Rovers Ahead

support Punk Mahone
author PP date 18/03/16 venue High Voltage, Copenhagen, DEN

Nine years ago, a group of guys with a love for Irish musical culture got together and started playing tiny pub showcases at The Irish Rover in Copenhagen, which allegedly also inspired their name, Rovers Ahead. What they didn't realize at the time was that the coming decade would prove they were exactly the kind of party punk band Copenhagen had been missing for some time, and word quickly started spreading about the drunken but jolly storytelling ability of vocalist Nathan Corcoran and the danceable, folksy, violin and mandolin/banjo-driven melodies Irish style. A regular at our well attended St. Patrick's Day events each year, Rovers Ahead also made a name for themselves through raucous live shows where high energy and an excellent crowd dynamic dominated throughout.

A decade playing as a band takes its toll, however, and with family and work lives outside of the band preventing the touring, writing, and recording process that full-time bands go through, Rovers Ahead called it quits and announced they would play one final show in Copenhagen. Unsurprisingly, the interest was huge and an enormous line formed outside High Voltage around the scheduled opening of the doors.

Punk Mahone

Punk Mahone

For tonight's supporting cast, the organizers had hired Helsingborg, Sweden's version of Rovers Ahead to set the tone of the night. They waste no time in setting the mood: as they get ready to go on stage, we're treated to a lengthy instrumental Irish folk song complete with flutes and the whole shebang. From what I could gather, the band is primarily a cover band for other, far more famous bands, because the vast majority of the songs played tonight were originals by Dropkick Murphys, Flogging Molly, The Tossers and other bands. Like most other Irish-themed bands, they are fronted by a rough looking fella who resembles a hooligan, and they have plenty of traditional instruments in the mix from violins to mandolin and banjo. When they play, they look much like a street/Oi! band with their confrontational look and fist-pump inducing appearance, even as they go through classic folk punk songs one after another. We start with The Tossers' "Whiskey Makes Me Crazy", go through "Shipping Up To Boston" and "State Of Massachusetts" by Dropkick Murphys, and finish off with Flogging Molly's "Drunken Lullabies" later on.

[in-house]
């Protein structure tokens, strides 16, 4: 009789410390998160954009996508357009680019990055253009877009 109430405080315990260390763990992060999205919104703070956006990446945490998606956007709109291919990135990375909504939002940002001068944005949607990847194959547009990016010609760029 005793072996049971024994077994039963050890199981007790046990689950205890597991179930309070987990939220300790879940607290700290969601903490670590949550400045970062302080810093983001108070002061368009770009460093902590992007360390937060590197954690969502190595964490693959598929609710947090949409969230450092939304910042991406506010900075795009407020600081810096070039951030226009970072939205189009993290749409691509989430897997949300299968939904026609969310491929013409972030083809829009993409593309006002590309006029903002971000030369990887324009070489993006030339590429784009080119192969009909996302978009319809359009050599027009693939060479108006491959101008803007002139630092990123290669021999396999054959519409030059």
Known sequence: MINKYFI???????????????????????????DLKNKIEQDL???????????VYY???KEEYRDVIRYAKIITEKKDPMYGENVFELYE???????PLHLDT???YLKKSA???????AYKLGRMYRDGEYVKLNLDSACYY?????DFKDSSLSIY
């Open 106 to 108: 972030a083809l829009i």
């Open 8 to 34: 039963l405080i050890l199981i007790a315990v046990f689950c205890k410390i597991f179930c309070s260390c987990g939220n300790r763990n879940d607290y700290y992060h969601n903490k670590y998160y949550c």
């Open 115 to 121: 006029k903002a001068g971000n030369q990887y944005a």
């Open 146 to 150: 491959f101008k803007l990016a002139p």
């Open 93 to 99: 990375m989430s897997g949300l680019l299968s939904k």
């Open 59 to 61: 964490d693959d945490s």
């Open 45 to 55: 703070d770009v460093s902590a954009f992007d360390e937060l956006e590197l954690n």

Punk Mahone

Common to all covers is how loosely they are played. The vocals are a far cry from the original tunes, which any fan of said bands would have recognized immediately, and the energy on stage is also not particularly impressive. None of that seems to matter for the majority of the crowd, however, who happily chant back the Woo-hoo parts to "Shipping Up To Boston" and the rest of the hits. Eventually, the band is joined on stage by an unidentified guest female vocalist, whose energetic bouncing and hip-shaking puts the rest of the band to shame, who look inactive in comparison. The alternate vocals between her and the lead singer's rough Irish croon is a good dynamic, which changes the show's style completely, but it's too little, too late for the undersigned. The lackluster covers and no original material basically draw the obvious comparison to any given pub rock band, which is fun for a moment but not really designed for music enthusiasts by any measure.